paleontological pipeline

How should fossils contribute to our understanding of evolution in the age of genomics? As direct windows into ancient phenotypes, biogeographic distributions, and temporal context, fossils offer valuable insight into evolutionary history. Beginning with the description of new species, through to characterizing novel morphological adaptations and phylogenetic analyses, we are interested in learning as much as possible from fossil collections. Fossils mean more with a sense of where they fit in the context of living organisms. Evolutionary relationships are most often reconstructed not through the compilation of morphological data, which readily incorporates paleontological work, but instead through a wealth of molecular (DNA) information. Molecular sequencing continues to rapidly decrease in cost, and so genetic data are being generated very quickly which has led to rapid advancements in phylogenetics. However, it is not yet clear how best to include fossils in phylogenetic reconstruction, particularly when genomic-scale molecular data may far “outweigh” any morphological data signal. We use the social insect fossil record to test methodologies that relate to integrating extinct taxa into evolutionary research that is primarily driven by molecular (DNA) data. Recent projects have focused on the impact of fossil taxa on divergence dating estimation as well as biogeographic reconstruction. Aside from phylogenetic applications, we have also applied morphometric analyses of fossil specimens to evaluate morphological diversity from a quantitative perspective.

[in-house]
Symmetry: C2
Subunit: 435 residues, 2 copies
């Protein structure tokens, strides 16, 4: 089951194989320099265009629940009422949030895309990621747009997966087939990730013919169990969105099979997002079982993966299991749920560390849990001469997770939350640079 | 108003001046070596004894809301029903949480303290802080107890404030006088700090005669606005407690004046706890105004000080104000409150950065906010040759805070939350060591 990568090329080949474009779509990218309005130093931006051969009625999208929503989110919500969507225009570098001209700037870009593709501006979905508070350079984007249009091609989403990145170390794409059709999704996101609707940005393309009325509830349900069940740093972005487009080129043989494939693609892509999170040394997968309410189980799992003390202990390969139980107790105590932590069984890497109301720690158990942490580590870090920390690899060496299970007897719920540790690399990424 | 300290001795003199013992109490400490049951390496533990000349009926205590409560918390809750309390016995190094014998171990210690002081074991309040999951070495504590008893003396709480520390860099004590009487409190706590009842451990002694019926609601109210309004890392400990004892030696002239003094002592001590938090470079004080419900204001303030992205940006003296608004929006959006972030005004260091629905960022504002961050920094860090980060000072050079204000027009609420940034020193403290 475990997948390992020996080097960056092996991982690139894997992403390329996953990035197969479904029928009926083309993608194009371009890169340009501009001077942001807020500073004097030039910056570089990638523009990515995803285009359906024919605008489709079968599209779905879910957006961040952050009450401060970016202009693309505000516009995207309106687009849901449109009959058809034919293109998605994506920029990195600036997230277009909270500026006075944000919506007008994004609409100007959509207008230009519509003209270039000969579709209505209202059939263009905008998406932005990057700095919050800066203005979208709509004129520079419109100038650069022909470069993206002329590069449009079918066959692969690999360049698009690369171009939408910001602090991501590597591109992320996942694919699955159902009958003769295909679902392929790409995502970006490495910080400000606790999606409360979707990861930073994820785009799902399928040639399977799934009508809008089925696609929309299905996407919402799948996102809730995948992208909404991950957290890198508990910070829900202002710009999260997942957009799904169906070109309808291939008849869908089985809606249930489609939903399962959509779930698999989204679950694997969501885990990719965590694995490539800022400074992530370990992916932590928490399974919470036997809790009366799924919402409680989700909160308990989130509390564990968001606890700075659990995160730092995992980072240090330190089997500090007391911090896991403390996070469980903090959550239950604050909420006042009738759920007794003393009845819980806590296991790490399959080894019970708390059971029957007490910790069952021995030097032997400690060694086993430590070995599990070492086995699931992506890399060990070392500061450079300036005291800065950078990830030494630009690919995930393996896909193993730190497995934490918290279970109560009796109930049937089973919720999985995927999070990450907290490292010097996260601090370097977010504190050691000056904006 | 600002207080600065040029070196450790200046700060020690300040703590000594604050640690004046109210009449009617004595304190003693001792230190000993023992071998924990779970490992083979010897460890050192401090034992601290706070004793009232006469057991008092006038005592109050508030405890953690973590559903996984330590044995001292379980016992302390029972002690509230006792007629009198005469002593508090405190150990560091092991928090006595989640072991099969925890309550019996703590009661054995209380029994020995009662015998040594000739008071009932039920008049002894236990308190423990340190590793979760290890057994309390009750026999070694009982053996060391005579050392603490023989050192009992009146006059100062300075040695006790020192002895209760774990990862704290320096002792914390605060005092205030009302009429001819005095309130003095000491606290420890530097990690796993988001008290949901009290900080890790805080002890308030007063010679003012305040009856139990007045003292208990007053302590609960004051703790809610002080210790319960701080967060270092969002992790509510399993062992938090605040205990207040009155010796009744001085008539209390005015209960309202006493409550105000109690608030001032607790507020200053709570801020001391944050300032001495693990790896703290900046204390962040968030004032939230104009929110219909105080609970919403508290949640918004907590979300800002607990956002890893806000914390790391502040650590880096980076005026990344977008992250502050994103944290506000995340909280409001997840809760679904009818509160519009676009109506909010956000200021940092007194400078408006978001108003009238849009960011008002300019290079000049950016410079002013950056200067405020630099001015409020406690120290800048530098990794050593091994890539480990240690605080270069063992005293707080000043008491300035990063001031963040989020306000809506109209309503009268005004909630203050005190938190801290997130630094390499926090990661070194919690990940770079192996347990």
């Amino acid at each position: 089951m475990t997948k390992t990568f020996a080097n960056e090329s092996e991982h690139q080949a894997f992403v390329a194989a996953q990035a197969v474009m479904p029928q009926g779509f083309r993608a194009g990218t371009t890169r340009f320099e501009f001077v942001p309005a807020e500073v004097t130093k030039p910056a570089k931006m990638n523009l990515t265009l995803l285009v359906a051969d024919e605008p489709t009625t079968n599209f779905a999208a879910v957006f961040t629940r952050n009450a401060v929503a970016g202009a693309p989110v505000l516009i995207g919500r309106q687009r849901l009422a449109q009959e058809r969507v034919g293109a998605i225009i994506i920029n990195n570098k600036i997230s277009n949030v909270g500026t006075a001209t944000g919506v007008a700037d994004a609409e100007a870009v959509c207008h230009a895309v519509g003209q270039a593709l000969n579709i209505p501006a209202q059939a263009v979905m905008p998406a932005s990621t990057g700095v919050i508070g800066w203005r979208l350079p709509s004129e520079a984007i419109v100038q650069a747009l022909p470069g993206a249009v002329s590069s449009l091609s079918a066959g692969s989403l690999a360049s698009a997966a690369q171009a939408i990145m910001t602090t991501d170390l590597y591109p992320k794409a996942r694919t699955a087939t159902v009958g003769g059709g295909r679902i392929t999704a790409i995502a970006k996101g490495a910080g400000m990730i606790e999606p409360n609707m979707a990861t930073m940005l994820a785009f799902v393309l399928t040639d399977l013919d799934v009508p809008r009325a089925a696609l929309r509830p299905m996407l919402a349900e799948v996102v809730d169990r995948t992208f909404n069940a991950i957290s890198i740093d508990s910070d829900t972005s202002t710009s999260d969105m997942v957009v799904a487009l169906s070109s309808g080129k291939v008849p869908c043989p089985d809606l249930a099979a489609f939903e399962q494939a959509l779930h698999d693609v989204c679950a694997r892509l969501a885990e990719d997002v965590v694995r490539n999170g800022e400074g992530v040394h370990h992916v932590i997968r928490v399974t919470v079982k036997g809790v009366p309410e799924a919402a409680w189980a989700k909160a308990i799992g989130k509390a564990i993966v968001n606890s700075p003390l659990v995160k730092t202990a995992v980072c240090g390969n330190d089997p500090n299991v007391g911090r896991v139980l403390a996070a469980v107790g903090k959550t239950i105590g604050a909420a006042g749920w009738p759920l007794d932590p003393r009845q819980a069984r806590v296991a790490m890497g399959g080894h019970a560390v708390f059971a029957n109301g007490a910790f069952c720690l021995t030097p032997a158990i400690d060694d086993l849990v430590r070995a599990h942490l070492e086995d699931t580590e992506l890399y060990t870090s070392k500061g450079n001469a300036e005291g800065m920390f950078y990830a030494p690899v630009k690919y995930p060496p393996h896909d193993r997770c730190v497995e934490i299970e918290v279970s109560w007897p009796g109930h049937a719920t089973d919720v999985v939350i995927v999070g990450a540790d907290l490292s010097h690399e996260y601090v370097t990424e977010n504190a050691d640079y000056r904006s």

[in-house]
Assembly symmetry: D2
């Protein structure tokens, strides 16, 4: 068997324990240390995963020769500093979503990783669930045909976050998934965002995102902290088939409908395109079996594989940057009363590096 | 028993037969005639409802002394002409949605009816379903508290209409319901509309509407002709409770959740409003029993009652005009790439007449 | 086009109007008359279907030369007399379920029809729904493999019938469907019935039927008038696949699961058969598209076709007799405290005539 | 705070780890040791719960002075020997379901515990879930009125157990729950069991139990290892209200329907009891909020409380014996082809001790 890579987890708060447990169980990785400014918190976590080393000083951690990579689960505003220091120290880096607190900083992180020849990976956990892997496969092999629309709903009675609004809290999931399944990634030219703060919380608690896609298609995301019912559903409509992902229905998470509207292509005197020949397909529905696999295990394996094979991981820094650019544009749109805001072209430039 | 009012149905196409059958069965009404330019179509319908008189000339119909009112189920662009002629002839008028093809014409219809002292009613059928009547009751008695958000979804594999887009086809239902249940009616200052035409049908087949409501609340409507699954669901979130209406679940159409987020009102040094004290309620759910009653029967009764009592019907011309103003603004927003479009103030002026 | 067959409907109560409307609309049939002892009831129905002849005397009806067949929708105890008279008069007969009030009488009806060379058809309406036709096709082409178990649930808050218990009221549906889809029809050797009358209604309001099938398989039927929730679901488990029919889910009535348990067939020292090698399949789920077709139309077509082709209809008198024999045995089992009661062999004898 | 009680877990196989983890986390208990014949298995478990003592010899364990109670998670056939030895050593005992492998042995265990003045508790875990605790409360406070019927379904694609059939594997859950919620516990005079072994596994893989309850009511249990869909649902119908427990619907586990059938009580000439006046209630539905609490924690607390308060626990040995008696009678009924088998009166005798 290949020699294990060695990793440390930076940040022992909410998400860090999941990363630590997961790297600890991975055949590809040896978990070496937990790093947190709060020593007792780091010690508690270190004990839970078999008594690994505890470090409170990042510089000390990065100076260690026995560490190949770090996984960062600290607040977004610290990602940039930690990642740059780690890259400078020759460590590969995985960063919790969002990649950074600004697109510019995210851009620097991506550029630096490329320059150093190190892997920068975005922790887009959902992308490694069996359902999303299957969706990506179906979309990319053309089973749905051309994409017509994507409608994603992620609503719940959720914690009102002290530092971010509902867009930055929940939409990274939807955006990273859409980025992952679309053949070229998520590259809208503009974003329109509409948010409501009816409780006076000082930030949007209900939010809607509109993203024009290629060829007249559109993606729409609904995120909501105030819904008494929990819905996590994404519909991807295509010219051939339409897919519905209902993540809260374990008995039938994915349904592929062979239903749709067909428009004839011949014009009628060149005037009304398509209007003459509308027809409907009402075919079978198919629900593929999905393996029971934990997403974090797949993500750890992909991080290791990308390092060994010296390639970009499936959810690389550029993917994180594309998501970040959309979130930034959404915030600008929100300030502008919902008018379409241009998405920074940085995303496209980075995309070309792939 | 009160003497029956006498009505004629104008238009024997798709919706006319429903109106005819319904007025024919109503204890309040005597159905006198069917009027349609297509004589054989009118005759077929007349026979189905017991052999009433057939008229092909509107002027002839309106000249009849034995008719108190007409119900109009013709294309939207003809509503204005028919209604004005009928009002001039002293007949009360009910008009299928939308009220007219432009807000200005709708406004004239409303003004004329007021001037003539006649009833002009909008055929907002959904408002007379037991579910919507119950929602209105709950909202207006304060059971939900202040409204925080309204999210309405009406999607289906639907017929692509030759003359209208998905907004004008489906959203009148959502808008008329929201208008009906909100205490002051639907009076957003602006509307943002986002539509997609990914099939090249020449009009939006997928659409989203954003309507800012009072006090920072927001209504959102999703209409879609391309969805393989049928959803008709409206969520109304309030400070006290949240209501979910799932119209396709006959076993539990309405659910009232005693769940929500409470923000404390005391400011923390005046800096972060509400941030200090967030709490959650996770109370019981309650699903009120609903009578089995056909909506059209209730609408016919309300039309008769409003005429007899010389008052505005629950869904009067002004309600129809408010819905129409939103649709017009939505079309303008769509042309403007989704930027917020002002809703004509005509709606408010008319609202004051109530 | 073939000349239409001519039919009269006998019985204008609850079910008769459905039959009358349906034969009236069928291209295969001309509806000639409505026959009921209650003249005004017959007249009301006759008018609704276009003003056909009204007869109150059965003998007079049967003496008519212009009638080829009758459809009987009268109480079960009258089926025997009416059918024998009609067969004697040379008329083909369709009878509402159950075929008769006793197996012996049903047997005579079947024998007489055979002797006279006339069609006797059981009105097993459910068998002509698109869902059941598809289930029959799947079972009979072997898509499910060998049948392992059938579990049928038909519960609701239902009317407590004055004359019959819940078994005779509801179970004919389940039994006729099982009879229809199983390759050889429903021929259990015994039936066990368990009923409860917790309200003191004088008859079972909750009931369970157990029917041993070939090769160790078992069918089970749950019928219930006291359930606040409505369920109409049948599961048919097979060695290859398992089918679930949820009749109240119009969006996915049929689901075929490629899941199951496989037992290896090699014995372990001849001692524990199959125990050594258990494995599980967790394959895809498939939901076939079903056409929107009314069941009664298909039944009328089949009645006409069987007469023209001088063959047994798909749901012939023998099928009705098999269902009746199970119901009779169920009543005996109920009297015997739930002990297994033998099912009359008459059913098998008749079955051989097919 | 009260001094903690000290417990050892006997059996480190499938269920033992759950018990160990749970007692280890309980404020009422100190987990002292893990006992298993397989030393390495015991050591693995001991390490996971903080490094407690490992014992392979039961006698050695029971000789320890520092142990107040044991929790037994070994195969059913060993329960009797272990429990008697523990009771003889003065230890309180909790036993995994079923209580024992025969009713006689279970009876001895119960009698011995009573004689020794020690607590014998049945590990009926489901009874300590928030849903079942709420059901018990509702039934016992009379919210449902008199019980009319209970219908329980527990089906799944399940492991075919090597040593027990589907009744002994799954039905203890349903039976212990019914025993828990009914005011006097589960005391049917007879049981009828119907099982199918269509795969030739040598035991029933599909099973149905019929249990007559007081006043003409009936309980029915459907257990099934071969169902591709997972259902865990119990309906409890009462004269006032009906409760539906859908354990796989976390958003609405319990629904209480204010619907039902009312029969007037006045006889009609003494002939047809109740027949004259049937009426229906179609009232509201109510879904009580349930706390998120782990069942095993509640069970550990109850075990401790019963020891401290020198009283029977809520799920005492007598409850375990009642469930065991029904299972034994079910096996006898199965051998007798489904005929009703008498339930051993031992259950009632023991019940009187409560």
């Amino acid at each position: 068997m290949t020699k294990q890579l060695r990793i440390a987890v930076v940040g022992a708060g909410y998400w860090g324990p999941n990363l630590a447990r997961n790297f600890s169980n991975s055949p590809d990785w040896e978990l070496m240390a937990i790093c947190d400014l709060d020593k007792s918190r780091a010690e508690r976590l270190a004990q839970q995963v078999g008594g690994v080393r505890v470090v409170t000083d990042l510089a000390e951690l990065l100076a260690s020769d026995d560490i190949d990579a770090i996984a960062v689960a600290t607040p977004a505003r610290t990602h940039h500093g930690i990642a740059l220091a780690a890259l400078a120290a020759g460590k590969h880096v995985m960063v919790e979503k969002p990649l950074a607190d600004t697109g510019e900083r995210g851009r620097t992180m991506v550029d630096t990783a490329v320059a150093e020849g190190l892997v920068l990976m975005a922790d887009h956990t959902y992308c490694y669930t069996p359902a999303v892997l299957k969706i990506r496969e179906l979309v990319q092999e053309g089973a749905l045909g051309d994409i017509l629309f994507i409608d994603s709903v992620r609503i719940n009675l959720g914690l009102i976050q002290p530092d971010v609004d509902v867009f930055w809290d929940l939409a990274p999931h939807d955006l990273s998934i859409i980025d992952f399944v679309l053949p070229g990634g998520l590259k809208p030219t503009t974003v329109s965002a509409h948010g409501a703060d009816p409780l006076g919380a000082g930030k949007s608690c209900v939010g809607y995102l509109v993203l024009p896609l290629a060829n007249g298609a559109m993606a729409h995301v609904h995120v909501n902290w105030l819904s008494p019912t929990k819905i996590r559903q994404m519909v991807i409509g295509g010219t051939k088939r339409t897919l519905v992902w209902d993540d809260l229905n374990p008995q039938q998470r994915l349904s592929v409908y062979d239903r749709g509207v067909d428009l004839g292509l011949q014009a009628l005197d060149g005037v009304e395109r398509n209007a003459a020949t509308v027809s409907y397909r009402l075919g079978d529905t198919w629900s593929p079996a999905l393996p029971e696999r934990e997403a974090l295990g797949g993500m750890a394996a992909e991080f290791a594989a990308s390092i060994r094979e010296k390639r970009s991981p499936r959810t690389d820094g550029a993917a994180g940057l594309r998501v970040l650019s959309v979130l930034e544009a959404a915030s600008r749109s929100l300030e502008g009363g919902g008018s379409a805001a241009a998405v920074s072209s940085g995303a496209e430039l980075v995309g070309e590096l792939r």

3D reconstruction of the ~99 million year old ant Haidomyrmex scimitarus in Burmese amber.

understanding extinction

It is common to focus on the “winners” in biology. That is, the less than 1% of all species which have persisted to the present. While speciation and diversification lead to the species we see today, they are one half of the sculpting force responsible for the composition of biodiversity, equal only to extinction. The study of lost diversity is important as it informs our understanding of what taxa are susceptible to loss and provides more nuanced understanding of what specific factors facilitate survival. Fortunately, the study of ancient insects and lost phenotypes is facilitated by amber fossils, which preserve original organic material with high fidelity. It turns out that both early ants and early termites experienced significant extinction. In the case of ants, many early relatives of modern species possessed adaptations no longer found in insects and have subsequently gone extinct. You can read about some of these "evolutionary experiments" here, here, and here